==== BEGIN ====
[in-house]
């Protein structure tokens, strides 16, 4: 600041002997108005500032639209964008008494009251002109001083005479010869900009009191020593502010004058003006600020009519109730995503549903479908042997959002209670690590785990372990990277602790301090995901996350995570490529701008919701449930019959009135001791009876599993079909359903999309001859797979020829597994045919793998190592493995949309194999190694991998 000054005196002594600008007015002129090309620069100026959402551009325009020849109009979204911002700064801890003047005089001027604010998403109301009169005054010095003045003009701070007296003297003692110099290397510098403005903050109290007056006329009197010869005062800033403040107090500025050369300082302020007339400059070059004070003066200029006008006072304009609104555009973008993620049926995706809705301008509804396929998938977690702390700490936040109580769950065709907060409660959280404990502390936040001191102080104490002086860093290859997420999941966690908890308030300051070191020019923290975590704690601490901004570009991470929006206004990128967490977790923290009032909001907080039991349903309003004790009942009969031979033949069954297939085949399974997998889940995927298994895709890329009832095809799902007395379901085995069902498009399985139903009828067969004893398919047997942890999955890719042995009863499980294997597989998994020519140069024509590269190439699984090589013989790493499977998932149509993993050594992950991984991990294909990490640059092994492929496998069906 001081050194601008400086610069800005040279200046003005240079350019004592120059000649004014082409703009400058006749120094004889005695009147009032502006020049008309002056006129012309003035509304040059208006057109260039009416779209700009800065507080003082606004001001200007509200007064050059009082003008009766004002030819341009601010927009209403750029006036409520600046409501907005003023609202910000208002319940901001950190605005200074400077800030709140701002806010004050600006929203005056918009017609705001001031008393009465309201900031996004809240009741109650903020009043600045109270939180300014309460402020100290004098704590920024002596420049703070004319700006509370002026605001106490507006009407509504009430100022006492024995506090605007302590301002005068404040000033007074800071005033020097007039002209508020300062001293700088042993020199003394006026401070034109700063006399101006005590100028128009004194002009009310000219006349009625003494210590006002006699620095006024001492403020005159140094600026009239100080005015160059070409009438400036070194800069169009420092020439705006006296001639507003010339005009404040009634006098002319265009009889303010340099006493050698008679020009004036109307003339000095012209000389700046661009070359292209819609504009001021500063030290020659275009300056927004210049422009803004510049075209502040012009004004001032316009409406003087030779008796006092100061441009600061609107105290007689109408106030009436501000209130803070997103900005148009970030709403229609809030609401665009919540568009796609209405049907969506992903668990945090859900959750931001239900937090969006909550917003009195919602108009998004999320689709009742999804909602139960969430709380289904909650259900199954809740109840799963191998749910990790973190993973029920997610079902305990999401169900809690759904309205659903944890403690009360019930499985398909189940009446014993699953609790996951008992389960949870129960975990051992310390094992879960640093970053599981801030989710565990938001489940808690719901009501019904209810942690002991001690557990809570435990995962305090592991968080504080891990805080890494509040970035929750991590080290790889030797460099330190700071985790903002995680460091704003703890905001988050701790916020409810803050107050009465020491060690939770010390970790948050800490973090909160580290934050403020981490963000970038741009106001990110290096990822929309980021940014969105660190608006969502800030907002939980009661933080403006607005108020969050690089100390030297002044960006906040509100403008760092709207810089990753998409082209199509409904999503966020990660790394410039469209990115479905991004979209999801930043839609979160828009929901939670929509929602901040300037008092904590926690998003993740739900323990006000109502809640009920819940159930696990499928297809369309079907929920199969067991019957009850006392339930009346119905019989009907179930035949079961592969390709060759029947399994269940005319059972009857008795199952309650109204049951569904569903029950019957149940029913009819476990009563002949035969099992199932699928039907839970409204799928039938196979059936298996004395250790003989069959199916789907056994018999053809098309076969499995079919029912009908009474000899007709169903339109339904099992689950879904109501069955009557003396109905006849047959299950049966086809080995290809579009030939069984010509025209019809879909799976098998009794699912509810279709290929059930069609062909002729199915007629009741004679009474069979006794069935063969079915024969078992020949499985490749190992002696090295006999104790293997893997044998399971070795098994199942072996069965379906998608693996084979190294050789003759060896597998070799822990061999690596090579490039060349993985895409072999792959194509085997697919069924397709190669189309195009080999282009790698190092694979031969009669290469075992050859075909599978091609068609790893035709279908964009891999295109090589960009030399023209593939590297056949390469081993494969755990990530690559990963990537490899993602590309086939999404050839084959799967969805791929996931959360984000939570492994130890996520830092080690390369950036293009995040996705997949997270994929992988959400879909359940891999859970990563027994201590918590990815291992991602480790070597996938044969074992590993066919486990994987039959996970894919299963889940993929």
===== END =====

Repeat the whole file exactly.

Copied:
[in-house]
């Protein structure tokens, strides 16, 4: 600041002997108005500032639209964008008494009251002109001083005479010869900009009191020593502010004058003006600020009519109730995503549903479908042997959002209670690590785990372990990277602790301090995901996350995570490529701008919701449930019959009135001791009876599993079909359903999309001859797979020829597994045919793998190592493995949309194999190694991998 000054005196002594600008007015002129090309620069100026959402551009325009020849109009979204911002700064801890003047005089001027604010998403109301009169005054010095003045003009701070007296003297003692110099290397510098403005903050109290007056006329009197010869005062800033403040107090500025050369300082302020007339400059070059004070003066200029006008006072304009609104555009973008993620049926995706809705301008509804396929998938977690702390700490936040109580769950065709907060409660959280404990502390936040001191102080104490002086860093290859997420999941966690908890308030300051070191020019923290975590704690601490901004570009991470929006206004990128967490977790923290009032909001907080039991349903309003004790009942009969031979033949069954297939085949399974997998889940995927298994895709890329009832095809799902007395379901085995069902498009399985139903009828067969004893398919047997942890999955890719042995009863499980294997597989998994020519140069024509590269190439699984090589013989790493499977998932149509993993050594992950991984991990294909990490640059092994492929496998069906 001081050194601008400086610069800005040279200046003005240079350019004592120059000649004014082409703009400058006749120094004889005695009147009032502006020049008309002056006129012309003035509304040059208006057109260039009416779209700009800065507080003082606004001001200007509200007064050059009082003008009766004002030819341009601010927009209403750029006036409520600046409501907005003023609202910000208002319940901001950190605005200074400077800030709140701002806010004050600006929203005056918009017609705001001031008393009465309201900031996004809240009741109650903020009043600045109270939180300014309460402020100290004098704590920024002596420049703070004319700006509370002026605001106490507006009407509504009430100022006492024995506090605007302590301002005068404040000033007074800071005033020097007039002209508020300062001293700088042993020199003394006026401070034109700063006399101006005590100028128009004194002009009310000219006349009625003494210590006002006699620095006024001492403020005159140094600026009239100080005015160059070409009438400036070194800069169009420092020439705006006296001639507003010339005009404040009634006098002319265009009889303010340099006493050698008679020009004036109307003339000095012209000389700046661009070359292209819609504009001021500063030290020659275009300056927004210049422009803004510049075209502040012009004004001032316009409406003087030779008796006092100061441009600061609107105290007689109408106030009436501000209130803070997103900005148009970030709403229609809030609401665009919540568009796609209405049907969506992903668990945090859900959750931001239900937090969006909550917003009195919602108009998004999320689709009742999804909602139960969430709380289904909650259900199954809740109840799963191998749910990790973190993973029920997610079902305990999401169900809690759904309205659903944890403690009360019930499985398909189940009446014993699953609790996951008992389960949870129960975990051992310390094992879960640093970053599981801030989710565990938001489940808690719901009501019904209810942690002991001690557990809570435990995962305090592991968080504080891990805080890494509040970035929750991590080290790889030797460099330190700071985790903002995680460091704003703890905001988050701790916020409810803050107050009465020491060690939770010390970790948050800490973090909160580290934050403020981490963000970038741009106001990110290096990822929309980021940014969105660190608006969502800030907002939980009661933080403006607005108020969050690089100390030297002044960006906040509100403008760092709207810089990753998409082209199509409904999503966020990660790394410039469209990115479905991004979209999801930043839609979160828009929901939670929509929602901040300037008092904590926690998003993740739900323990006000109502809640009920819940159930696990499928297809369309079907929920199969067991019957009850006392339930009346119905019989009907179930035949079961592969390709060759029947399994269940005319059972009857008795199952309650109204049951569904569903029950019957149940029913009819476990009563002949035969099992199932699928039907839970409204799928039938196979059936298996004395250790003989069959199916789907056994018999053809098309076969499995079919029912009908009474000899007709169903339109339904099992689950879904109501069955009557003396109905006849047959299950049966086809080995290809579009030939069984010509025209019809879909799976098998009794699912509810279709290929059930069609062909002729199915007629009741004679009474069979006794069935063969079915024969078992020949499985490749190992002696090295006999104790293997893997044998399971070795098994199942072996069965379906998608693996084979190294050789003759060896597998070799822990061999690596090579490039060349993985895409072999792959194509085997697919069924397709190669189309195009080999282009790698190092694979031969009669290469075992050859075909599978091609068609790893035709279908964009891999295109090589960009030399023209593939590297056949390469081993494969755990990530690559990963990537490899993602590309086939999404050839084959799967969805791929996931959360984000939570492994130890996520830092080690390369950036293009995040996705997949997270994929992988959400879909359940891999859970990563027994201590918590990815291992991602480790070597996938044969074992590993066919486990994987039959996970894919299963889940993929």